CAR Magazine is running a new sketch of what they anticipate the newest V8 Ferrari will look like, and we have to say, we're a little disappointed. Internally dubbed the Ferrari F142, Maranello's replacement for the F430 is inching closer to its first public showing, and although we've seen some rather clunky test mules so far, we were hoping that the Italian firm would recapture its former sensual styling glory last seen on the 355 and Challenge Stradale. Some critics might even go back as far as the Dino.

If it ends up looking like the CAR rendering (admittedly renderings are almost always something of a crapshoot), we'd have to say Ferrari has missed the marque a bit. While modern and not unattractive, the car seems like it could just as easily wear a German or British badge.

To be fair, this is going to be the first completely new car since the 360 Modena was introduced in 1999. The F430 is basically a 360 evoluzione after all. Following up on the Mille Chili project, the car should shed some weight through the use of lightweight materials and possible a fixed seat system with manually adjustable pedals and steering wheel. So perhaps a new, more high-tech look is more fitting on the new model, but Ferraris are supposed to elicit "oohhs" and "ahhhs," not "ughs" – or worse, complete indifference.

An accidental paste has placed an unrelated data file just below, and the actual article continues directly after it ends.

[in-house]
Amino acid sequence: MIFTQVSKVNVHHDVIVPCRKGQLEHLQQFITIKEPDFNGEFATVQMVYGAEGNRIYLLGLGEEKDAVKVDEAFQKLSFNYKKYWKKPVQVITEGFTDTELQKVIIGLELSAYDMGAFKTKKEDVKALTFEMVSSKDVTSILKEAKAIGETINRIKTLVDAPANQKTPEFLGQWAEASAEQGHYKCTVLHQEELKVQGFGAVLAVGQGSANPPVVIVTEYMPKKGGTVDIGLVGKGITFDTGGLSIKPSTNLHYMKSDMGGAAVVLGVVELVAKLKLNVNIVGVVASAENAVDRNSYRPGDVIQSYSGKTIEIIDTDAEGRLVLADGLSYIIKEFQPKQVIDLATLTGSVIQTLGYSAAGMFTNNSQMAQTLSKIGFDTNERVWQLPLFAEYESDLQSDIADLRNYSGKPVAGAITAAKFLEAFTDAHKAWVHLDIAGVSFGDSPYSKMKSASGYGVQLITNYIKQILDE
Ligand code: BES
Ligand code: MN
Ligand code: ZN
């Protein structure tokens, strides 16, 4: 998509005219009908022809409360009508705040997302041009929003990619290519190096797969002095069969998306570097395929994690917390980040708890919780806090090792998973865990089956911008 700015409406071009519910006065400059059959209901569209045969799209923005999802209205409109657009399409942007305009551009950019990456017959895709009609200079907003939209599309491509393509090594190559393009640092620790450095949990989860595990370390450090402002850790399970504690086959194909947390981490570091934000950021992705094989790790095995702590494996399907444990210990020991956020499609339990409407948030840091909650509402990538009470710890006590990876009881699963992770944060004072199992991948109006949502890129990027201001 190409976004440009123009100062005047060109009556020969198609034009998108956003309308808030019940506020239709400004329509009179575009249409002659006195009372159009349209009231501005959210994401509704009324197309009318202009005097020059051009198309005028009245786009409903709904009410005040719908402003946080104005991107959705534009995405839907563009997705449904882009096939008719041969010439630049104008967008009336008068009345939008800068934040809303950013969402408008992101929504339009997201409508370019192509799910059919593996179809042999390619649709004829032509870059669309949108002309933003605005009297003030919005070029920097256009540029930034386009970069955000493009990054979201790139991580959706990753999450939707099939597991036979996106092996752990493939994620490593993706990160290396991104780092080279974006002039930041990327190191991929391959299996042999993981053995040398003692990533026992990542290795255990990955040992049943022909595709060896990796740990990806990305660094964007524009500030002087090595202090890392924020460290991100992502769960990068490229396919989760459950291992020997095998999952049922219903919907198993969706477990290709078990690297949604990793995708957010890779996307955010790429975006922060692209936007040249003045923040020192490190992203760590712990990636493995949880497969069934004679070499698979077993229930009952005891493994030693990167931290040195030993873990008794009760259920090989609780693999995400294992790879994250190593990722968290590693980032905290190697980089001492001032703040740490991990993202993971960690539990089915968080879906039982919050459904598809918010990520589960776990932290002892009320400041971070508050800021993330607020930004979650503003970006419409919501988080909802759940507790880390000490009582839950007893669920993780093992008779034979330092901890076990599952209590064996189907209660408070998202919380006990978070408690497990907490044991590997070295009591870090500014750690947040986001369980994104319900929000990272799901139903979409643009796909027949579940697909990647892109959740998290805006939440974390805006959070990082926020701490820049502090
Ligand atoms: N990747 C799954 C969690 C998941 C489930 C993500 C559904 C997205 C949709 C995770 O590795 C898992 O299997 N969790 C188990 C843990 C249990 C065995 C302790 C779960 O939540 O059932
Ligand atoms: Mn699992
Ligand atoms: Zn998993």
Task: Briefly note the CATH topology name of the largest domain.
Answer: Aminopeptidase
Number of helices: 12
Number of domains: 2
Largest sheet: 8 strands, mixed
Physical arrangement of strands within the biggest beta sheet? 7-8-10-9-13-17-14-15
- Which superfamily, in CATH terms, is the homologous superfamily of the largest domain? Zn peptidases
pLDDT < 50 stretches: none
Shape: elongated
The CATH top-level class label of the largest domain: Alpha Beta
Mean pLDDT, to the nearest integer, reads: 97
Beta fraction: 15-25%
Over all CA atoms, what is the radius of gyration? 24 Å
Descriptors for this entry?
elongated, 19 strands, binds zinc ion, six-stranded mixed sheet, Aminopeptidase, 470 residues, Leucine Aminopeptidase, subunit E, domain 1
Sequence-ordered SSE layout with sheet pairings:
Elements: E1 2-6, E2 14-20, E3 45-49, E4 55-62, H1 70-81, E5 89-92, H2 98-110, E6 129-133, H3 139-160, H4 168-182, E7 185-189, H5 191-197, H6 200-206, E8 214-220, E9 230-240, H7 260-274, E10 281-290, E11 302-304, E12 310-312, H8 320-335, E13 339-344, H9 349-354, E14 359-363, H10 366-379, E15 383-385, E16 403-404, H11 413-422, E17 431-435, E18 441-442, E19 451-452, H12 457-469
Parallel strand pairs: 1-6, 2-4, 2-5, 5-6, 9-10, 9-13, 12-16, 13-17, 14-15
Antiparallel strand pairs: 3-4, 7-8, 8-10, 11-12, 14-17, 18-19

We're still not certain what it will be called, but something between F400 and F500 is likely, depending on engine size. Some have said that the engine will be smaller, boosted to 500 horsepower or more via a pair of turbochargers. Others say it will just be a far more efficient naturally aspirated V8 that could grow to 4.5-liters or more. We hope it's not a 4.5-liter, as Ford might object to the resulting name. Expect the Bosch-developed direct injection system, low-friction super-polished camshafts, and the California's seven-speed dual-clutch transmission among other innovations. We might even get a version of the F1-derived KERS energy recovery system eventually.

Rumors had also suggested that Ferrari might be getting out of the manual gearbox game altogether, but recently it seems like they have decided to add a stick-shift to even the California, so the fabled gated shifter appears to be hanging around a little longer. In any case, we should know later this year when Ferrari finally reveals the car to the motoring world. Hat tip to Toss!

[Source: CAR]